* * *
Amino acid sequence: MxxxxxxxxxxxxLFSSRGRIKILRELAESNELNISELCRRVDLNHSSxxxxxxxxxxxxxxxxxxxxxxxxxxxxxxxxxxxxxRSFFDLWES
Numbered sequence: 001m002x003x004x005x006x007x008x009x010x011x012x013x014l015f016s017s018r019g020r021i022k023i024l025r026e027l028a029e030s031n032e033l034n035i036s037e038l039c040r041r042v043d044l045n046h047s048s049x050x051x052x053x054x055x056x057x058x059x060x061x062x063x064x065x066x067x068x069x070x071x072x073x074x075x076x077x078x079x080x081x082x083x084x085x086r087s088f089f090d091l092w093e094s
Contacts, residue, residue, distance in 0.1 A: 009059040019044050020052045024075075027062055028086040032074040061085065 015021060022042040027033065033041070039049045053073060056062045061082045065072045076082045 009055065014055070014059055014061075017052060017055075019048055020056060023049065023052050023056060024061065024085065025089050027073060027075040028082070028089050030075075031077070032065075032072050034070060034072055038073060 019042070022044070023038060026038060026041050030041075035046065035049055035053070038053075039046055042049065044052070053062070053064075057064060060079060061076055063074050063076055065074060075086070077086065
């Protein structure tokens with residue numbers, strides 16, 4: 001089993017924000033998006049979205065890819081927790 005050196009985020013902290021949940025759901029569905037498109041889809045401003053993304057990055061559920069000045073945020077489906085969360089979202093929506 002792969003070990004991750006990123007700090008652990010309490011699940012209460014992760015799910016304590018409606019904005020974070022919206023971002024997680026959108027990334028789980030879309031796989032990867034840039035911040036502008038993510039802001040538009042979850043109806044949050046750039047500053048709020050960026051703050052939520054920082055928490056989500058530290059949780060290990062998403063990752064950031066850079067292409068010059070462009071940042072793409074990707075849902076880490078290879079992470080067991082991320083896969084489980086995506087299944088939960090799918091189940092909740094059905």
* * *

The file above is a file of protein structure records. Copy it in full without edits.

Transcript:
Amino acid sequence: MxxxxxxxxxxxxLFSSRGRIKILRELAESNELNISELCRRVDLNHSSxxxxxxxxxxxxxxxxxxxxxxxxxxxxxxxxxxxxxRSFFDLWES
Numbered sequence: 001m002x003x004x005x006x007x008x009x010x011x012x013x014l015f016s017s018r019g020r021i022k023i024l025r026e027l028a029e030s031n032e033l034n035i036s037e038l039c040r041r042v043d044l045n046h047s048s049x050x051x052x053x054x055x056x057x058x059x060x061x062x063x064x065x066x067x068x069x070x071x072x073x074x075x076x077x078x079x080x081x082x083x084x085x086r087s088f089f090d091l092w093e094s
Contacts, residue, residue, distance in 0.1 A: 009059040019044050020052045024075075027062055028086040032074040061085065 015021060022042040027033065033041070039049045053073060056062045061082045065072045076082045 009055065014055070014059055014061075017052060017055075019048055020056060023049065023052050023056060024061065024085065025089050027073060027075040028082070028089050030075075031077070032065075032072050034070060034072055038073060 019042070022044070023038060026038060026041050030041075035046065035049055035053070038053075039046055042049065044052070053062070053064075057064060060079060061076055063074050063076055065074060075086070077086065
């Protein structure tokens with residue numbers, strides 16, 4: 001089993017924000033998006049979205065890819081927790 005050196009985020013902290021949940025759901029569905037498109041889809045401003053993304057990055061559920069000045073945020077489906085969360089979202093929506 002792969003070990004991750006990123007700090008652990010309490011699940012209460014992760015799910016304590018409606019904005020974070022919206023971002024997680026959108027990334028789980030879309031796989032990867034840039035911040036502008038993510039802001040538009042979850043109806044949050046750039047500053048709020050960026051703050052939520054920082055928490056989500058530290059949780060290990062998403063990752064950031066850079067292409068010059070462009071940042072793409074990707075849902076880490078290879079992470080067991082991320083896969084489980086995506087299944088939960090799918091189940092909740094059905």